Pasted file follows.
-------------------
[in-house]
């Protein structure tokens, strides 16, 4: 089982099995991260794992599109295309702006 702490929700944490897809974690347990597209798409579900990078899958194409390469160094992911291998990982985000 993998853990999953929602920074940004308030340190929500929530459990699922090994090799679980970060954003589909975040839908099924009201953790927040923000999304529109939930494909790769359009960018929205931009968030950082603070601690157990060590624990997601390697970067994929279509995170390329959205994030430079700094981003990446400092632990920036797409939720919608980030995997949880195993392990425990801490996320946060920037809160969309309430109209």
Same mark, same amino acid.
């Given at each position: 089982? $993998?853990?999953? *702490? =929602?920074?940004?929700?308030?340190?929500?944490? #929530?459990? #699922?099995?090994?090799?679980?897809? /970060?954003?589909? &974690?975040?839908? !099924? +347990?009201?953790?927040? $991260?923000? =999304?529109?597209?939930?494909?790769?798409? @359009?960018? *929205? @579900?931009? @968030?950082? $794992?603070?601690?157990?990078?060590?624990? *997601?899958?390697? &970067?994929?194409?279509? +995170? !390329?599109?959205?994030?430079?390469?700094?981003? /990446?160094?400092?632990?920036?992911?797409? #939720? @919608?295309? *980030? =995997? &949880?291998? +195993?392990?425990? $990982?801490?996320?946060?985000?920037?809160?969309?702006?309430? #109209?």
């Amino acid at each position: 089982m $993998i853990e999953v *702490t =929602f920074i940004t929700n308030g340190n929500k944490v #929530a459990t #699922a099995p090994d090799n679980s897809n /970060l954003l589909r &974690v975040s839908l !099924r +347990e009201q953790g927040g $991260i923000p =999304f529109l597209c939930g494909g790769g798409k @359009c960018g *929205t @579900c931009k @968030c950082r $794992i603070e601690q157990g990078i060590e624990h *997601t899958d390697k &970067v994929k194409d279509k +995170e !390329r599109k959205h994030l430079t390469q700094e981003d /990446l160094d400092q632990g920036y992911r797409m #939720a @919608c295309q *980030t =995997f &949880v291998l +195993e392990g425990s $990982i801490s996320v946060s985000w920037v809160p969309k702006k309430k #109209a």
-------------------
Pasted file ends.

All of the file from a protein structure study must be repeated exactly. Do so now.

[in-house]
């Protein structure tokens, strides 16, 4: 089982099995991260794992599109295309702006 702490929700944490897809974690347990597209798409579900990078899958194409390469160094992911291998990982985000 993998853990999953929602920074940004308030340190929500929530459990699922090994090799679980970060954003589909975040839908099924009201953790927040923000999304529109939930494909790769359009960018929205931009968030950082603070601690157990060590624990997601390697970067994929279509995170390329959205994030430079700094981003990446400092632990920036797409939720919608980030995997949880195993392990425990801490996320946060920037809160969309309430109209």
Same mark, same amino acid.
């Given at each position: 089982? $993998?853990?999953? *702490? =929602?920074?940004?929700?308030?340190?929500?944490? #929530?459990? #699922?099995?090994?090799?679980?897809? /970060?954003?589909? &974690?975040?839908? !099924? +347990?009201?953790?927040? $991260?923000? =999304?529109?597209?939930?494909?790769?798409? @359009?960018? *929205? @579900?931009? @968030?950082? $794992?603070?601690?157990?990078?060590?624990? *997601?899958?390697? &970067?994929?194409?279509? +995170? !390329?599109?959205?994030?430079?390469?700094?981003? /990446?160094?400092?632990?920036?992911?797409? #939720? @919608?295309? *980030? =995997? &949880?291998? +195993?392990?425990? $990982?801490?996320?946060?985000?920037?809160?969309?702006?309430? #109209?």
């Amino acid at each position: 089982m $993998i853990e999953v *702490t =929602f920074i940004t929700n308030g340190n929500k944490v #929530a459990t #699922a099995p090994d090799n679980s897809n /970060l954003l589909r &974690v975040s839908l !099924r +347990e009201q953790g927040g $991260i923000p =999304f529109l597209c939930g494909g790769g798409k @359009c960018g *929205t @579900c931009k @968030c950082r $794992i603070e601690q157990g990078i060590e624990h *997601t899958d390697k &970067v994929k194409d279509k +995170e !390329r599109k959205h994030l430079t390469q700094e981003d /990446l160094d400092q632990g920036y992911r797409m #939720a @919608c295309q *980030t =995997f &949880v291998l +195993e392990g425990s $990982i801490s996320v946060s985000w920037v809160p969309k702006k309430k #109209a």